Withholding Taxes – Extended to Service Fees
01 March 2013
Posted by: Stiaan Klue
Taxes – Extended to Service Fees
have been anticipating the introduction of a withholding tax on interest paid
to non-residents for a number of years now. The effective date for the
commencement of the withholding tax on interest will be further delayed from 1
July 2013 to 1 March 2014.
royalty withholding tax to be imposed at a rate of 15% (which is currently
imposed at a rate of 12%) will also be delayed until 1 March 2014.
significantly, it is proposed that a withholding tax, presumably at a rate of
15%, will be imposed on service fees paid to a non-resident (subject to the
applicable treaty relief). The withholding tax on service fees will also be
effective from 1 March 2014. It will be interesting to see how the legislature
defines "service fees"or "services"
to determine how far-reaching this amendment will be.
Lewis, senior associate, tax, Cliffe Dekker Hofmeyr
Reform – budget reaction
released a further Consultation Paper together with the Budget documentation.
The reform Consultation Paper is trying to bring together the strands of
thinking that were set out very clearly in the four papers released by the
National Treasury in September/October 2012.
a tax perspective the critical issues are that Government will proceed with the
implementation of tax preferred savings and investment accounts (along the
lines of the UK's ISA). All returns accrued on these accounts and any withdrawals
would be exempt from tax. The account would have an initial annual contribution
limit of R30,000 and a lifetime limit of R500,000, which it is intended to put
up in line with inflation. These new accounts will be introduced by April 2015.
present the current tax free interest income annual thresholds continue, but
with effect from 1 March 2013 is put up to R34,500 for individuals 65 years and
over, and from R22,800 to R23,800 for individuals below 65 years. These
thresholds will not be adjusted for inflation in future.
regard to individuals' contributions to pension and retirement annuity funds,
Treasury is planning to implement legislation, and it is not clear whether this
would be effective March 2014 or some time in 2015, in terms of which
employer's contributions will be treated as a fringe benefit. Individuals will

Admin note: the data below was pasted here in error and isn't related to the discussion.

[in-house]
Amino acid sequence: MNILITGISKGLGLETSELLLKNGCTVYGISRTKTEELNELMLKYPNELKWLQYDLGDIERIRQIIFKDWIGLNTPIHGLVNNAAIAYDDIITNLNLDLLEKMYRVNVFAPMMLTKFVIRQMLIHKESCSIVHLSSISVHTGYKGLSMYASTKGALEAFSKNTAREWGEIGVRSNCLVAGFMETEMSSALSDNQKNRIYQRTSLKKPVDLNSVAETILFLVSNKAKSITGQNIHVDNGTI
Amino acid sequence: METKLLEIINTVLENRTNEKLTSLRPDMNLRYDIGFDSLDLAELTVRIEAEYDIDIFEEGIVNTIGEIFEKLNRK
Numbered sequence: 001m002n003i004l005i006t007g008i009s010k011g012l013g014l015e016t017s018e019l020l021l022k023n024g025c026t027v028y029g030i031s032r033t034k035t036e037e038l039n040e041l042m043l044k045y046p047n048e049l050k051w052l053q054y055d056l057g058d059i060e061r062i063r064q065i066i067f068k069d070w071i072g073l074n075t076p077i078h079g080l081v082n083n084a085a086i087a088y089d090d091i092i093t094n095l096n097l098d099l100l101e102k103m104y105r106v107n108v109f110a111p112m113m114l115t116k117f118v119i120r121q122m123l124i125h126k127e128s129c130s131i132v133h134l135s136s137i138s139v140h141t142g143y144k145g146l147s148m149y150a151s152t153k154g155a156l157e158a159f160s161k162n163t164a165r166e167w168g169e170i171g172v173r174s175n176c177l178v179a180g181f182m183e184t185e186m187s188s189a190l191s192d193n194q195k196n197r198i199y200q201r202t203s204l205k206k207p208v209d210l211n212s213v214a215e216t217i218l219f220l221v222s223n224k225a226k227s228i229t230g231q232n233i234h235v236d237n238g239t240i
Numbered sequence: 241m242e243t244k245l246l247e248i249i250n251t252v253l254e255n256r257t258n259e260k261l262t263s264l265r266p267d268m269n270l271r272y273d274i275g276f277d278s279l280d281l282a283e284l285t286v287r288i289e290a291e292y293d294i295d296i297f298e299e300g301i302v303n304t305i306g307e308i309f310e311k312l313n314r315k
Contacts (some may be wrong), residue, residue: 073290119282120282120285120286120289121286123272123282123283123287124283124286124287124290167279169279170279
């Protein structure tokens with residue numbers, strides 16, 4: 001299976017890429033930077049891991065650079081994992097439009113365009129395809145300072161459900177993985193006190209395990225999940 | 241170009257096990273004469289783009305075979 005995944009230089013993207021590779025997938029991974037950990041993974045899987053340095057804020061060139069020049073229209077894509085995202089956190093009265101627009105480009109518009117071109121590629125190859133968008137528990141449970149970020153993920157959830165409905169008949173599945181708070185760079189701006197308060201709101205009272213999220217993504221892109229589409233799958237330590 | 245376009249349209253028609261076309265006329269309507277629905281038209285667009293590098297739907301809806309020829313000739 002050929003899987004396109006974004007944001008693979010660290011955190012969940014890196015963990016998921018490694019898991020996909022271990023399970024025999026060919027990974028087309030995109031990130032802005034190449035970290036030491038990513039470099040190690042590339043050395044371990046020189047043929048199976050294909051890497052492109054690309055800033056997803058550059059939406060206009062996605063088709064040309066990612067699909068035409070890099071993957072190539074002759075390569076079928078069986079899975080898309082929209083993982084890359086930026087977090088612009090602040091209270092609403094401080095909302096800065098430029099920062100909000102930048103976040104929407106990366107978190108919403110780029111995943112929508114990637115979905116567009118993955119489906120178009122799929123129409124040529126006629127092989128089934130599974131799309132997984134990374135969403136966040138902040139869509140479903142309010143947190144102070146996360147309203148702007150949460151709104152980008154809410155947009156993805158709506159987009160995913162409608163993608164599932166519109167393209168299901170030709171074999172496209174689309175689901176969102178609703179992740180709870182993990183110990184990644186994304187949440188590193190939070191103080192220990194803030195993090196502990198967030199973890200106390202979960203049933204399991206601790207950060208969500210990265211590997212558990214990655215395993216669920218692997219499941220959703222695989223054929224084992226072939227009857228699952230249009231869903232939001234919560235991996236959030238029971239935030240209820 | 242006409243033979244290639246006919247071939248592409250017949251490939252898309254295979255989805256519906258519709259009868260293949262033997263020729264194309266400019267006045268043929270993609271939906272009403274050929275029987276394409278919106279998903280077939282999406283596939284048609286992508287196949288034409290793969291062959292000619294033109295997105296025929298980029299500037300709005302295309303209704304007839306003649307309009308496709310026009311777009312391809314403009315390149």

be permitted to deduct from their taxable income or their employment income up
to 27,5% for a contribution to such fund, up to a maximum of R350,000. Last
year they were considering having two different scales depending on your age,
and have obviously decided to streamline this with one flat rule.
is further proposed that the annuitisation requirements of pension funds will
start to apply to provident funds from a certain date.
balances in provident funds and the growth on these, will not be subject to
annuitisation. This requirement will not apply to provident fund members older
than 55 years at the date of implementation of the new legislation.
Government's goal is to reduce the complexity of the retirement system. It is
proposed that contributions in excess of the annual cap of R350,000 could be
rolled over to future years.
Consultation Paper indicates that the means test for the old age grant will be
phased out by 2016; and the de minimus requirement for annuitisation of
retirement funds will be raised from R75,000 to R150,000. It appears from the
executive summary that living annuities will be eligible for selection as a
default product from a retirement fund, provided that certain design tests set
out by the Treasury are met. Trustees that make commission free financial
advice available to members on retirement, paid for out of the fund, will be
given some legal protection in respect of the choice of default offered to
interesting point is raised under the heading "Taxpayers with multiple
sources of income." These people are often faced with high tax liabilities
on assessment, because of the aggregation of their incomes. Individual employers
and particularly pension funds are typically unaware that there are two or more
income streams for an employee or pensioner, and each
calculates the PAYE as if there was only one. Government will look to address
this during the course of the next year. They are considering either higher
levels of withholding by employers (but they acknowledge confidentiality as a
concern), holding employees responsible for the PAYE at a higher tax rate to
take into account the aggregation effect; SARS informing such taxpayers and
suggesting preventative measures, and possibly temporary relief in the case of
Morphet, Director, Tax, Cliffe Dekker Hofmeyr